"That is not right, we are not saying that and we are not saying that nativity plans have to be cancelled.
"I believe very strongly that kids should be in school and I also think that Christmas should go ahead as normally as possible.
"What we are trying to do is cope with the Omicron variant and that means having some tough measures at the border and also some measures to make sure people isolate if they come into contact with an Omicron case.
"Plus, we are toughening up the measures on masks. And that is a balanced and proportionate approach to take to Omicron whilst we wait to get to the bottom of exactly the risk it poses.
"But, the key point, whatever the risk Omicron may pose or may not pose, the vaccine is always going to be your best protection."
Mr Dowden echoed the PM in stating that people shouldn't abandon their existing plans.
"We have not changed the advice around people taking part in hospitality - so going to the pub, going to restaurants and so on," he added.
"And actually I think most pubs and restaurants up until very recently have been doing very well during this season and we're not discouraging people to do so."
Mr Dowden later revealed that the Conservatives were pushing ahead with a planned Christmas party themselves.
"I think there's a Conservative Party political party, as it were, Christmas party, I think is still planned, and I don't intend to cancel it as chairman of the Conservative Party," he told BBC Breakfast.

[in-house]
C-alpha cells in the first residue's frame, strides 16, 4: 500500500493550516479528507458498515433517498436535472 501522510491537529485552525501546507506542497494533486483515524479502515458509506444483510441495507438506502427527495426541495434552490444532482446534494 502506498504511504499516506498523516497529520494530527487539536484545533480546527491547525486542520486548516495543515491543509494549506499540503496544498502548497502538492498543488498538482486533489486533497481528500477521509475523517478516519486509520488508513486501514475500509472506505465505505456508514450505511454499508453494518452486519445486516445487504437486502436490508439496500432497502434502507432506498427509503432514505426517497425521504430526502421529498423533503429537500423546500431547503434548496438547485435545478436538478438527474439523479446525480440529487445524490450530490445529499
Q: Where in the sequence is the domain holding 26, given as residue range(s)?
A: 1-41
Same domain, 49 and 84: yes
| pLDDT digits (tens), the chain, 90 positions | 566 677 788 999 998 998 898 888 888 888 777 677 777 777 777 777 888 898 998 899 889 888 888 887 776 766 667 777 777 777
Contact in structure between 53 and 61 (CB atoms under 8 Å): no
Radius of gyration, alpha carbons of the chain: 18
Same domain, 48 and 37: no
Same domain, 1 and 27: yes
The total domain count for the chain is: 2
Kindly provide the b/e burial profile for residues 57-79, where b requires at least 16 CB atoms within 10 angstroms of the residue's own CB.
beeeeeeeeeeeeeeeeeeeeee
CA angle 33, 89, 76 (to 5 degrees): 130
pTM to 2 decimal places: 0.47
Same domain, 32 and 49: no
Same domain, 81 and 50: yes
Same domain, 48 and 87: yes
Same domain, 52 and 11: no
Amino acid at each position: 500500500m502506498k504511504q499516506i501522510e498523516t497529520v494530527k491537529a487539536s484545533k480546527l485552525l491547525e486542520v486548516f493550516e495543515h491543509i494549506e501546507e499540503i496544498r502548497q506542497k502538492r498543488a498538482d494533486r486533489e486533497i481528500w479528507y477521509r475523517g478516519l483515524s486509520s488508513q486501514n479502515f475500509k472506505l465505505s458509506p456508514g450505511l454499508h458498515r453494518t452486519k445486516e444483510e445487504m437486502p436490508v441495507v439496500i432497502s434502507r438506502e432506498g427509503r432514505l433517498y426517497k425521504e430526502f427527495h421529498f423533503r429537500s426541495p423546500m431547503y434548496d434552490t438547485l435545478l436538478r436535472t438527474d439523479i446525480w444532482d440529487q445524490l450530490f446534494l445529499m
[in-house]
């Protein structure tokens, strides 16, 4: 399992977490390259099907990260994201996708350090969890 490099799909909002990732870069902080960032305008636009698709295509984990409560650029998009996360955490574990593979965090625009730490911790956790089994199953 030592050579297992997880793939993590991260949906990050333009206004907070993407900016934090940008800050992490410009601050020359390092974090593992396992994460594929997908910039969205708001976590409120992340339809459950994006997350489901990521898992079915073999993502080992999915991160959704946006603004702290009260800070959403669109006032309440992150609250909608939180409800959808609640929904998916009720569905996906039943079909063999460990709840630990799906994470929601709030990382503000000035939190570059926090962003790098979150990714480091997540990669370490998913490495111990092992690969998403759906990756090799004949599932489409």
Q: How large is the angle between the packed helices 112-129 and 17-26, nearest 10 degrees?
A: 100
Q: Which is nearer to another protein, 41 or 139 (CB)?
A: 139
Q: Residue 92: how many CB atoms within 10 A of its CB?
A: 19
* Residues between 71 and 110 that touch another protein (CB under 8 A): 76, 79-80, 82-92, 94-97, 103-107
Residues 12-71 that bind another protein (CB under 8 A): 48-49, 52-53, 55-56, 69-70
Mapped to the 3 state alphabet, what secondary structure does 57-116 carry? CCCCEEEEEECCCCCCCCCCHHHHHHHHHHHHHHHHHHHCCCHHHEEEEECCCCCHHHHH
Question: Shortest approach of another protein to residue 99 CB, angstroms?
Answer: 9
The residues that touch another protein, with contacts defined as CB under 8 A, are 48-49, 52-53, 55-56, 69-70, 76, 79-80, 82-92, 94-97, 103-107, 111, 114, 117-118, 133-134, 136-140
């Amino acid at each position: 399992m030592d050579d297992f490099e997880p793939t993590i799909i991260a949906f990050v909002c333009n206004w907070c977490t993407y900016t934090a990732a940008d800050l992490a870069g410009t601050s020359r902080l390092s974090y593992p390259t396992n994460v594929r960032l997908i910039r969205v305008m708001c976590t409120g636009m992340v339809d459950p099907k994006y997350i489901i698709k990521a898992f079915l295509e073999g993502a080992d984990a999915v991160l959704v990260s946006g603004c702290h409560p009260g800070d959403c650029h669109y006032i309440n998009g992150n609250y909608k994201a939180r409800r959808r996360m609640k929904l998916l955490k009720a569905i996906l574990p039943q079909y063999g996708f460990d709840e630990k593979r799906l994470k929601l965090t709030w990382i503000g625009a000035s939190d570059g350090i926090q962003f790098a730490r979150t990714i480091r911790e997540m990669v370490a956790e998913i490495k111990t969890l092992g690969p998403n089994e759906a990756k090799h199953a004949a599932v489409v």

"It will just be a normal Christmas gathering of staff that are in London, we have staff in Leeds as well, and that is completely consistent with the rules, and I would urge people to keep calm and carry on with their plans.
"We're not changing our plans either. Of course, if the situation changes and rules need to be updated, we'll comply with the rules as they stand."
Labour deputy leader Angela Rayner has revealed that a review of the party's Christmas gatherings led to a decision that a large get-together for the parliamentary party would no longer go ahead.
However, she added: "We've said quite clearly that we don't think people should cancel their Christmas gatherings.
"But we do think the government should make clear advice to people what they should be doing."
It is understood that other Labour festive events are still being planned.
In his Sky News interview, Mr Dowden added the government's response to Omicron was "sufficient at this stage".
And he said he was "confident" that Britons would be able to "have a better Christmas than last year", although he urged people to get a COVID vaccine booster when they are called to do so.
"All of our advice is based on scientific evidence and indeed the chief medical officer [Professor Chris Whitty] and chief scientific adviser [Sir Patrick Vallance] attend cabinet and were at cabinet when we discussed this earlier this week," he said.
"That is why we have gone for this balanced and proportionate set of measures.
"So it is the case that, unlike previously in England, people will have to wear masks on public transport and they'll have to wear masks in retail settings and we've very much tightened up the border restrictions.
"We believe those are necessary and appropriate steps, but beyond that people can carry on with their plans as before.
"So I would say to people just keep calm, carry on with your Christmas plans as already set out."